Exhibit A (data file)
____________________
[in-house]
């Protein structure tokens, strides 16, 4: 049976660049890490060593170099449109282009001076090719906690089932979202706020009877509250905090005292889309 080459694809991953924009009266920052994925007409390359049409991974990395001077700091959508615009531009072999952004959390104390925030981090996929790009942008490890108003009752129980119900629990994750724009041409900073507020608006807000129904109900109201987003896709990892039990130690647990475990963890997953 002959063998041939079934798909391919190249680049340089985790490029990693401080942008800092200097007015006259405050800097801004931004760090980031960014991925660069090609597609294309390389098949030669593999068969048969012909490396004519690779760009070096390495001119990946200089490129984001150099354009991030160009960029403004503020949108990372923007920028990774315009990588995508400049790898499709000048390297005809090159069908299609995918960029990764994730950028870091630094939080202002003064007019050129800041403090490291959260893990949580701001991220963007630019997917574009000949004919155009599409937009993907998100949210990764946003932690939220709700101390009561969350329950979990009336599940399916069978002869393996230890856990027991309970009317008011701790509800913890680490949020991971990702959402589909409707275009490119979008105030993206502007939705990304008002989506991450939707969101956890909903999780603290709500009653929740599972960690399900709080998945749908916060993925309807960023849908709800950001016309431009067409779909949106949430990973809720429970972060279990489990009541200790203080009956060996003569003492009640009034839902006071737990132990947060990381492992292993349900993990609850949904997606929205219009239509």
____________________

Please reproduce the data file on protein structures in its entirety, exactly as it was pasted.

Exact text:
[in-house]
């Protein structure tokens, strides 16, 4: 049976660049890490060593170099449109282009001076090719906690089932979202706020009877509250905090005292889309 080459694809991953924009009266920052994925007409390359049409991974990395001077700091959508615009531009072999952004959390104390925030981090996929790009942008490890108003009752129980119900629990994750724009041409900073507020608006807000129904109900109201987003896709990892039990130690647990475990963890997953 002959063998041939079934798909391919190249680049340089985790490029990693401080942008800092200097007015006259405050800097801004931004760090980031960014991925660069090609597609294309390389098949030669593999068969048969012909490396004519690779760009070096390495001119990946200089490129984001150099354009991030160009960029403004503020949108990372923007920028990774315009990588995508400049790898499709000048390297005809090159069908299609995918960029990764994730950028870091630094939080202002003064007019050129800041403090490291959260893990949580701001991220963007630019997917574009000949004919155009599409937009993907998100949210990764946003932690939220709700101390009561969350329950979990009336599940399916069978002869393996230890856990027991309970009317008011701790509800913890680490949020991971990702959402589909409707275009490119979008105030993206502007939705990304008002989506991450939707969101956890909903999780603290709500009653929740599972960690399900709080998945749908916060993925309807960023849908709800950001016309431009067409779909949106949430990973809720429970972060279990489990009541200790203080009956060996003569003492009640009034839902006071737990132990947060990381492992292993349900993990609850949904997606929205219009239509």